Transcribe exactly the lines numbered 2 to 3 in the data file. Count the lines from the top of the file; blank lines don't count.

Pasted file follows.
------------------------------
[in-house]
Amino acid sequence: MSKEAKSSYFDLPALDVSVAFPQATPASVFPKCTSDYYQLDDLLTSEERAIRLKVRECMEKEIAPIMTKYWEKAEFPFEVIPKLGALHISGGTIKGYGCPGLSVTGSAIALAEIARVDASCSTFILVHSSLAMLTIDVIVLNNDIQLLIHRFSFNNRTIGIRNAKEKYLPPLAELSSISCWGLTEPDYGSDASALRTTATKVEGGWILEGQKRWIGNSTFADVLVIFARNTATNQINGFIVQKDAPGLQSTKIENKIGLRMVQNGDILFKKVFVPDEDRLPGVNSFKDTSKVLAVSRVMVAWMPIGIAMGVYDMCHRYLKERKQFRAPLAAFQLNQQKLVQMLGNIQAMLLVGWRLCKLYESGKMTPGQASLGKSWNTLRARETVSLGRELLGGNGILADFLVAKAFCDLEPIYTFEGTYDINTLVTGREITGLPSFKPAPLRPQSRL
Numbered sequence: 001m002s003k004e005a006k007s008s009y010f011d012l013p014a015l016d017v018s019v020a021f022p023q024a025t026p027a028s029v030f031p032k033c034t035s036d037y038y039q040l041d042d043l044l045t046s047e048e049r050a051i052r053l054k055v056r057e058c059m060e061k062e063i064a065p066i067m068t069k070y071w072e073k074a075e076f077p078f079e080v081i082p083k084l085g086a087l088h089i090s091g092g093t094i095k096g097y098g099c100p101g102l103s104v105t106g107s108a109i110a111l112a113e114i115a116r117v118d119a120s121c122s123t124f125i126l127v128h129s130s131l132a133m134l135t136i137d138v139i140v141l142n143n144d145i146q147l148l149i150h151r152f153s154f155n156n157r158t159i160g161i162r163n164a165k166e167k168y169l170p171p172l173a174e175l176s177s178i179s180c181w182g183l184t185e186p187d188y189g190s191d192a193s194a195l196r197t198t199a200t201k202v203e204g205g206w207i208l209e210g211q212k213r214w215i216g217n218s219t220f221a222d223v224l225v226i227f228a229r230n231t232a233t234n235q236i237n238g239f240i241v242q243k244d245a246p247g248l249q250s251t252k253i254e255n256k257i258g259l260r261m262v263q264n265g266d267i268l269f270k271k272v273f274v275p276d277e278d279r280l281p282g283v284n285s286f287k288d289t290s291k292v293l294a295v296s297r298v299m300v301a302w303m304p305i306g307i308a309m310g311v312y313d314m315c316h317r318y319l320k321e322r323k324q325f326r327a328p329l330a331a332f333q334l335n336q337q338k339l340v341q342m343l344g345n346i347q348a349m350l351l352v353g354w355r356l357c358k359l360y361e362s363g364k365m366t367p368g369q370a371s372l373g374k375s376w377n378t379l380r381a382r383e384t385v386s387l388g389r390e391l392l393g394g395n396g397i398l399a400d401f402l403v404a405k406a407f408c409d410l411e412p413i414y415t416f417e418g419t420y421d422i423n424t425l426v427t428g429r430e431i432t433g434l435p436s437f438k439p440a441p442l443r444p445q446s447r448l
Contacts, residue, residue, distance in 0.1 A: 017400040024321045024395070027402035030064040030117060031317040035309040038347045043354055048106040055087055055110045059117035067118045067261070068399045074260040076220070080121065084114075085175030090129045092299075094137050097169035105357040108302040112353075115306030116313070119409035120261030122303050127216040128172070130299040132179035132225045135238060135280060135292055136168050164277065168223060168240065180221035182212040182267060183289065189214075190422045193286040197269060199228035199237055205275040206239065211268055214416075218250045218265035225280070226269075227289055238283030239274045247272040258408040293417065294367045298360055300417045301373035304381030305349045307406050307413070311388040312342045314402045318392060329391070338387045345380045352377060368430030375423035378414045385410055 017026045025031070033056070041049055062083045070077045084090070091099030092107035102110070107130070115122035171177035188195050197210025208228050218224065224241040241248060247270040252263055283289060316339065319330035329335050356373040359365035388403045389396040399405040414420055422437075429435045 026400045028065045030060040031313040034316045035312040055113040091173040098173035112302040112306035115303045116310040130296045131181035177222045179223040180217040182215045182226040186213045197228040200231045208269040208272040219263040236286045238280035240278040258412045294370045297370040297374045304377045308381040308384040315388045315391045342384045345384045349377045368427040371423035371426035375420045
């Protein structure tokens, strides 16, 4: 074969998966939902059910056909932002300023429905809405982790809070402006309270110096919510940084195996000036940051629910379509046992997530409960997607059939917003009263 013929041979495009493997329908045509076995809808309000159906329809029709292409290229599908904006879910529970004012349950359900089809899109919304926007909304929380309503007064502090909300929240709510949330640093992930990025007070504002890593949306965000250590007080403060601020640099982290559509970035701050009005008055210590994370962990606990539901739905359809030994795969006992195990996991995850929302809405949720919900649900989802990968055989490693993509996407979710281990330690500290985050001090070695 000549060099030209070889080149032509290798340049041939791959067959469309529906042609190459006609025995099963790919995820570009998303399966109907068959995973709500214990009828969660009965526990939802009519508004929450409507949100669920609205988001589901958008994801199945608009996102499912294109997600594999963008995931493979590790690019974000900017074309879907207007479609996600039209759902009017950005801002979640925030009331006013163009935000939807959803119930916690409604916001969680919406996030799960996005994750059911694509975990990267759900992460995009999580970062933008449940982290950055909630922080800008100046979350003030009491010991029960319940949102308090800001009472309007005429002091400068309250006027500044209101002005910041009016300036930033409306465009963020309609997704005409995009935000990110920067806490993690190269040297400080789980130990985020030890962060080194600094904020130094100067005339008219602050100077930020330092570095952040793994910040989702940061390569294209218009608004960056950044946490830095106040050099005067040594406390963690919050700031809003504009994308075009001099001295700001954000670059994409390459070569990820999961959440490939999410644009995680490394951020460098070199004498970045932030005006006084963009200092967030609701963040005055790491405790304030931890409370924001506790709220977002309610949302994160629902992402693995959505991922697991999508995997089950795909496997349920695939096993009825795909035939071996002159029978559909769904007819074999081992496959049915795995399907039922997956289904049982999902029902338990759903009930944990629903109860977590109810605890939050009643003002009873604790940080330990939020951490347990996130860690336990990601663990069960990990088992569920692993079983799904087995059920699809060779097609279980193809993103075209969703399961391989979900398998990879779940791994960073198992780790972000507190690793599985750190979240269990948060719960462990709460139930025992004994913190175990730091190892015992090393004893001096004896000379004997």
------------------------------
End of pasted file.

Amino acid sequence: MSKEAKSSYFDLPALDVSVAFPQATPASVFPKCTSDYYQLDDLLTSEERAIRLKVRECMEKEIAPIMTKYWEKAEFPFEVIPKLGALHISGGTIKGYGCPGLSVTGSAIALAEIARVDASCSTFILVHSSLAMLTIDVIVLNNDIQLLIHRFSFNNRTIGIRNAKEKYLPPLAELSSISCWGLTEPDYGSDASALRTTATKVEGGWILEGQKRWIGNSTFADVLVIFARNTATNQINGFIVQKDAPGLQSTKIENKIGLRMVQNGDILFKKVFVPDEDRLPGVNSFKDTSKVLAVSRVMVAWMPIGIAMGVYDMCHRYLKERKQFRAPLAAFQLNQQKLVQMLGNIQAMLLVGWRLCKLYESGKMTPGQASLGKSWNTLRARETVSLGRELLGGNGILADFLVAKAFCDLEPIYTFEGTYDINTLVTGREITGLPSFKPAPLRPQSRL
Numbered sequence: 001m002s003k004e005a006k007s008s009y010f011d012l013p014a015l016d017v018s019v020a021f022p023q024a025t026p027a028s029v030f031p032k033c034t035s036d037y038y039q040l041d042d043l044l045t046s047e048e049r050a051i052r053l054k055v056r057e058c059m060e061k062e063i064a065p066i067m068t069k070y071w072e073k074a075e076f077p078f079e080v081i082p083k084l085g086a087l088h089i090s091g092g093t094i095k096g097y098g099c100p101g102l103s104v105t106g107s108a109i110a111l112a113e114i115a116r117v118d119a120s121c122s123t124f125i126l127v128h129s130s131l132a133m134l135t136i137d138v139i140v141l142n143n144d145i146q147l148l149i150h151r152f153s154f155n156n157r158t159i160g161i162r163n164a165k166e167k168y169l170p171p172l173a174e175l176s177s178i179s180c181w182g183l184t185e186p187d188y189g190s191d192a193s194a195l196r197t198t199a200t201k202v203e204g205g206w207i208l209e210g211q212k213r214w215i216g217n218s219t220f221a222d223v224l225v226i227f228a229r230n231t232a233t234n235q236i237n238g239f240i241v242q243k244d245a246p247g248l249q250s251t252k253i254e255n256k257i258g259l260r261m262v263q264n265g266d267i268l269f270k271k272v273f274v275p276d277e278d279r280l281p282g283v284n285s286f287k288d289t290s291k292v293l294a295v296s297r298v299m300v301a302w303m304p305i306g307i308a309m310g311v312y313d314m315c316h317r318y319l320k321e322r323k324q325f326r327a328p329l330a331a332f333q334l335n336q337q338k339l340v341q342m343l344g345n346i347q348a349m350l351l352v353g354w355r356l357c358k359l360y361e362s363g364k365m366t367p368g369q370a371s372l373g374k375s376w377n378t379l380r381a382r383e384t385v386s387l388g389r390e391l392l393g394g395n396g397i398l399a400d401f402l403v404a405k406a407f408c409d410l411e412p413i414y415t416f417e418g419t420y421d422i423n424t425l426v427t428g429r430e431i432t433g434l435p436s437f438k439p440a441p442l443r444p445q446s447r448l